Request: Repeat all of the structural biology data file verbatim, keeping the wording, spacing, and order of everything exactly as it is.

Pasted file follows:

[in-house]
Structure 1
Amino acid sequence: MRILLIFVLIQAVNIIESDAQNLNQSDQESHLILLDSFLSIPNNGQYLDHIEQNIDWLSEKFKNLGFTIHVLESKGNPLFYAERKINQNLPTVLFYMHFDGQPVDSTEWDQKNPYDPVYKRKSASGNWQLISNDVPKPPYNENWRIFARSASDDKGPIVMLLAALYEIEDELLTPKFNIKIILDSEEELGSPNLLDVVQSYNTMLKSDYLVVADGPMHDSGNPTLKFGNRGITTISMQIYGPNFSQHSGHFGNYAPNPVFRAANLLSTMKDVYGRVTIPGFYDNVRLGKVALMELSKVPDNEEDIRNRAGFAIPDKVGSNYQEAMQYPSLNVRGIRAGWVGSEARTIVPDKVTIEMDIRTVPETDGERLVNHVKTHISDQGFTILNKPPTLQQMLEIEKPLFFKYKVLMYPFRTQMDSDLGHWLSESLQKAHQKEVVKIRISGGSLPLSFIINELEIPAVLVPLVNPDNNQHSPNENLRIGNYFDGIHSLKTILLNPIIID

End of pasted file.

[in-house]
Structure 1
Amino acid sequence: MRILLIFVLIQAVNIIESDAQNLNQSDQESHLILLDSFLSIPNNGQYLDHIEQNIDWLSEKFKNLGFTIHVLESKGNPLFYAERKINQNLPTVLFYMHFDGQPVDSTEWDQKNPYDPVYKRKSASGNWQLISNDVPKPPYNENWRIFARSASDDKGPIVMLLAALYEIEDELLTPKFNIKIILDSEEELGSPNLLDVVQSYNTMLKSDYLVVADGPMHDSGNPTLKFGNRGITTISMQIYGPNFSQHSGHFGNYAPNPVFRAANLLSTMKDVYGRVTIPGFYDNVRLGKVALMELSKVPDNEEDIRNRAGFAIPDKVGSNYQEAMQYPSLNVRGIRAGWVGSEARTIVPDKVTIEMDIRTVPETDGERLVNHVKTHISDQGFTILNKPPTLQQMLEIEKPLFFKYKVLMYPFRTQMDSDLGHWLSESLQKAHQKEVVKIRISGGSLPLSFIINELEIPAVLVPLVNPDNNQHSPNENLRIGNYFDGIHSLKTILLNPIIID